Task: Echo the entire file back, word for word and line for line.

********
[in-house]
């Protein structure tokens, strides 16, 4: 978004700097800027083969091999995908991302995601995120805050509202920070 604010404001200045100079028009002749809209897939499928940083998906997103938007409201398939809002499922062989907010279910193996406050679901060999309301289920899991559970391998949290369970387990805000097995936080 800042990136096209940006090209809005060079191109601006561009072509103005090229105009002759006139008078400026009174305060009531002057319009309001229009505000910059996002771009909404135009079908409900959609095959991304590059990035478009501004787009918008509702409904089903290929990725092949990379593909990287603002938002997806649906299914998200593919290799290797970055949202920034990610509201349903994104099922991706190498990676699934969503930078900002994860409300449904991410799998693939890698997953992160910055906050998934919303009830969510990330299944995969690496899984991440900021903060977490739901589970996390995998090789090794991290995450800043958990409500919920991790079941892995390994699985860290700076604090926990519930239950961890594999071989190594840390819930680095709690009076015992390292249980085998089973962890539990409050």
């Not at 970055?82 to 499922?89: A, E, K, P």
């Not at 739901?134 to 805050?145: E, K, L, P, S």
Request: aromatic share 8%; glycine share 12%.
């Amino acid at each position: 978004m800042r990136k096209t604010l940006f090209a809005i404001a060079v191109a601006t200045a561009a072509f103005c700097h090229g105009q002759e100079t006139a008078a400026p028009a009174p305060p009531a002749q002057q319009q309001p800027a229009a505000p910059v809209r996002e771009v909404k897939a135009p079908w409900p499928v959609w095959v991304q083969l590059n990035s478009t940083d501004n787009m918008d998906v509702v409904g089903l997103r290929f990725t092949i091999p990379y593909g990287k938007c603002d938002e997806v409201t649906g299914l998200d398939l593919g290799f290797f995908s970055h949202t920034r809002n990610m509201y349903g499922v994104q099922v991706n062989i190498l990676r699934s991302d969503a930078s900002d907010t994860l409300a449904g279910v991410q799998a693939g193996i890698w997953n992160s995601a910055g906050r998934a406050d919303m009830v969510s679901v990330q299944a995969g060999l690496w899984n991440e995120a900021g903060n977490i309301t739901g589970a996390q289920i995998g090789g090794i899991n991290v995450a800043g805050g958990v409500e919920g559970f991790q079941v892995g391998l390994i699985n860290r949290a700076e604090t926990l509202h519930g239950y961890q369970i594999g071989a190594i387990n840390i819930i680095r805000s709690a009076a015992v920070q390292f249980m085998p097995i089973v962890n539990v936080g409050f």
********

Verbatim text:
[in-house]
């Protein structure tokens, strides 16, 4: 978004700097800027083969091999995908991302995601995120805050509202920070 604010404001200045100079028009002749809209897939499928940083998906997103938007409201398939809002499922062989907010279910193996406050679901060999309301289920899991559970391998949290369970387990805000097995936080 800042990136096209940006090209809005060079191109601006561009072509103005090229105009002759006139008078400026009174305060009531002057319009309001229009505000910059996002771009909404135009079908409900959609095959991304590059990035478009501004787009918008509702409904089903290929990725092949990379593909990287603002938002997806649906299914998200593919290799290797970055949202920034990610509201349903994104099922991706190498990676699934969503930078900002994860409300449904991410799998693939890698997953992160910055906050998934919303009830969510990330299944995969690496899984991440900021903060977490739901589970996390995998090789090794991290995450800043958990409500919920991790079941892995390994699985860290700076604090926990519930239950961890594999071989190594840390819930680095709690009076015992390292249980085998089973962890539990409050």
């Not at 970055?82 to 499922?89: A, E, K, P």
């Not at 739901?134 to 805050?145: E, K, L, P, S």
Request: aromatic share 8%; glycine share 12%.
């Amino acid at each position: 978004m800042r990136k096209t604010l940006f090209a809005i404001a060079v191109a601006t200045a561009a072509f103005c700097h090229g105009q002759e100079t006139a008078a400026p028009a009174p305060p009531a002749q002057q319009q309001p800027a229009a505000p910059v809209r996002e771009v909404k897939a135009p079908w409900p499928v959609w095959v991304q083969l590059n990035s478009t940083d501004n787009m918008d998906v509702v409904g089903l997103r290929f990725t092949i091999p990379y593909g990287k938007c603002d938002e997806v409201t649906g299914l998200d398939l593919g290799f290797f995908s970055h949202t920034r809002n990610m509201y349903g499922v994104q099922v991706n062989i190498l990676r699934s991302d969503a930078s900002d907010t994860l409300a449904g279910v991410q799998a693939g193996i890698w997953n992160s995601a910055g906050r998934a406050d919303m009830v969510s679901v990330q299944a995969g060999l690496w899984n991440e995120a900021g903060n977490i309301t739901g589970a996390q289920i995998g090789g090794i899991n991290v995450a800043g805050g958990v409500e919920g559970f991790q079941v892995g391998l390994i699985n860290r949290a700076e604090t926990l509202h519930g239950y961890q369970i594999g071989a190594i387990n840390i819930i680095r805000s709690a009076a015992v920070q390292f249980m085998p097995i089973v962890n539990v936080g409050f």